Pushing for increased fish consumption
The selling of fish locally can contribute towards the fight to eradicate poverty.
04 August 2019 | Ministries
Bernard Esau; Minister; “…value addition activities, and trading, will create jobs for Namibians and unlock the value of our fish in villages far away from the ocean.
The Namibian Fish Consumption Trust in collaboration with the line ministry is currently conducting a research to determine the per capita fish consumption.
This exercise is being conducted with support from industry partners, in order to determine the positive contribution of the NFCT towards enhanced increase per capita fish consumption to date and ensuring the achievement of the desired consumption target of 20.4 kg per person per year.
“This translates to about 47 000 MT consumed within Namibia. Ultimately, we would like to see at least 30% of the horse mackerel TAC, or about 100 000 MT being sold locally in fish shops and in our streets by Namibians,” says the minister of fisheries and marine resources, Bernard Esau.
He explained this policy objective is informed by the fact that selling fish locally is an enterprise development initiative.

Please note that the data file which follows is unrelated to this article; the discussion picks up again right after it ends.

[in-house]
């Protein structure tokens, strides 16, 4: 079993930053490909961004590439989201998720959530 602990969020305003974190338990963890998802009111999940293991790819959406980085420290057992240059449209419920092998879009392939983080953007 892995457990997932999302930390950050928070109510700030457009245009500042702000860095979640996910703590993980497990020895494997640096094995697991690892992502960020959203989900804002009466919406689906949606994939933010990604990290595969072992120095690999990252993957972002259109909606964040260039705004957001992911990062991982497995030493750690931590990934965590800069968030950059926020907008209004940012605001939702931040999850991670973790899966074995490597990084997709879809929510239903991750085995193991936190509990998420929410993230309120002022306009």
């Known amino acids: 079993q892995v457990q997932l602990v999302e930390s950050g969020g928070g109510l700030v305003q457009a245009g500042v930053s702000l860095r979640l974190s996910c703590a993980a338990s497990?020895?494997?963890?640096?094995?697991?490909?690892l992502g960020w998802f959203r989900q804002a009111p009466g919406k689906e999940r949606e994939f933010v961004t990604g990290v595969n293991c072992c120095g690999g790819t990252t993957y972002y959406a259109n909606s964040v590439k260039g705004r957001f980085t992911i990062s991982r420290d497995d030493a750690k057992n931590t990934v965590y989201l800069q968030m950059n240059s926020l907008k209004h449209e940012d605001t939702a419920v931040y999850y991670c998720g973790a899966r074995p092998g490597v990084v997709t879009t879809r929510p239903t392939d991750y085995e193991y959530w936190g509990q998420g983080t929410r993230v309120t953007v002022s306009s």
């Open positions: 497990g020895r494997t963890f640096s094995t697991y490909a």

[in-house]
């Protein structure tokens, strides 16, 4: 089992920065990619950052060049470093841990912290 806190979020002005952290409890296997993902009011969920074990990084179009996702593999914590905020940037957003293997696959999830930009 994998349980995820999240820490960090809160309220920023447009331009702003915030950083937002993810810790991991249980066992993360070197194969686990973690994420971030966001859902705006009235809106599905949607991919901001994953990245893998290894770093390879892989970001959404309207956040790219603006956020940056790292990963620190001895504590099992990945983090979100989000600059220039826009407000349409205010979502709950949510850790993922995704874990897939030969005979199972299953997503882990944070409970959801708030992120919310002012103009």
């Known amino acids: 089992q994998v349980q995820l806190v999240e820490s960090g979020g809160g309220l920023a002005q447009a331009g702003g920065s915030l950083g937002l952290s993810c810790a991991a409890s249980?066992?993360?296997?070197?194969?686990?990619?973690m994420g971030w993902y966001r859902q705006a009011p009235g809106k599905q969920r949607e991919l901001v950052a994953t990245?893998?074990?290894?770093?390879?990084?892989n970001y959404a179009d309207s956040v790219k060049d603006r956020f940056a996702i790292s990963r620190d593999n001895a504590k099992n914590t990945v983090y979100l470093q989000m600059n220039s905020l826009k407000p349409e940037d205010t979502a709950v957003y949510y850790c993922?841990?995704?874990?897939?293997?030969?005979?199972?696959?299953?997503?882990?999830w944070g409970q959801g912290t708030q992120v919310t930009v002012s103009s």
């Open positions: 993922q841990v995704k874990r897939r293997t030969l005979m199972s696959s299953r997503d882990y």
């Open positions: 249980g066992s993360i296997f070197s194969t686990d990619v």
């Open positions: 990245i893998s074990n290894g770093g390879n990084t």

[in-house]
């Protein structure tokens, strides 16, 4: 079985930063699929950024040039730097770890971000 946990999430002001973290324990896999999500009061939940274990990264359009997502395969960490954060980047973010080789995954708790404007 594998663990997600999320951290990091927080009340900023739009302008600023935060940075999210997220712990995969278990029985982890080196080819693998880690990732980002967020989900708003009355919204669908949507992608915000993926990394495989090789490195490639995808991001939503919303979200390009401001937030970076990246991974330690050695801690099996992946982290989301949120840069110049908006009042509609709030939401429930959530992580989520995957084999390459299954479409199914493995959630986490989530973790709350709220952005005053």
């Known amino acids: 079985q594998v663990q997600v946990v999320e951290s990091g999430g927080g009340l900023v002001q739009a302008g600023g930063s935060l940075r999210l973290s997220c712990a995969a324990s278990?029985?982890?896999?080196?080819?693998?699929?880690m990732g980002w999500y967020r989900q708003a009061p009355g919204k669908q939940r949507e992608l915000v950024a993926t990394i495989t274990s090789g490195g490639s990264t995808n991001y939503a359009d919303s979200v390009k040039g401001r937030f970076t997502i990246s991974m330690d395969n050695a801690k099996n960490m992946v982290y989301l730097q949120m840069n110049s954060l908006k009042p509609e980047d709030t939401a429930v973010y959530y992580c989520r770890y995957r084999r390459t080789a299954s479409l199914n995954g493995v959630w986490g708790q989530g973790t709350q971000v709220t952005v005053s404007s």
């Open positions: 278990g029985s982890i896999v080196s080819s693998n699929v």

“Some of the fish being sold will be dried, smoked, fresh/frozen, while some of it will be in canned form. These value addition activities, and trading, will create jobs for Namibians and unlock the value of our fish in villages far away from the ocean. In addition, our people will be eating healthy proteins and this will lead to a healthy population.”
Esau said this was actually what happens to Namibian fish being exported, including to neighbouring countries.
“It creates many jobs for women and youth in the destination countries, and we would like to do the same here. Fortunately, we have enough fish to export, and also trade domestically. I am keen to continue to promote exports of fish, so that we may bring it much needed forex for our economy. The livelihoods of our people however matter the most and we must unlock as much value of our fish in Namibia as possible.”
The minister recounted that some time ago when he started the campaign for domestic fish consumption, several companies were unwilling to sell fish locally, even if the money was available to pay for it.
“This was very frustrating for our local traders who wanted to establish businesses of selling fish locally, because they could not get fish. I am happy to note that, following policy intervention, this has now changed, and we are monitoring volumes of fish sold by right holders locally to ensure that Namibians who want to trade fish locally have access to fish.”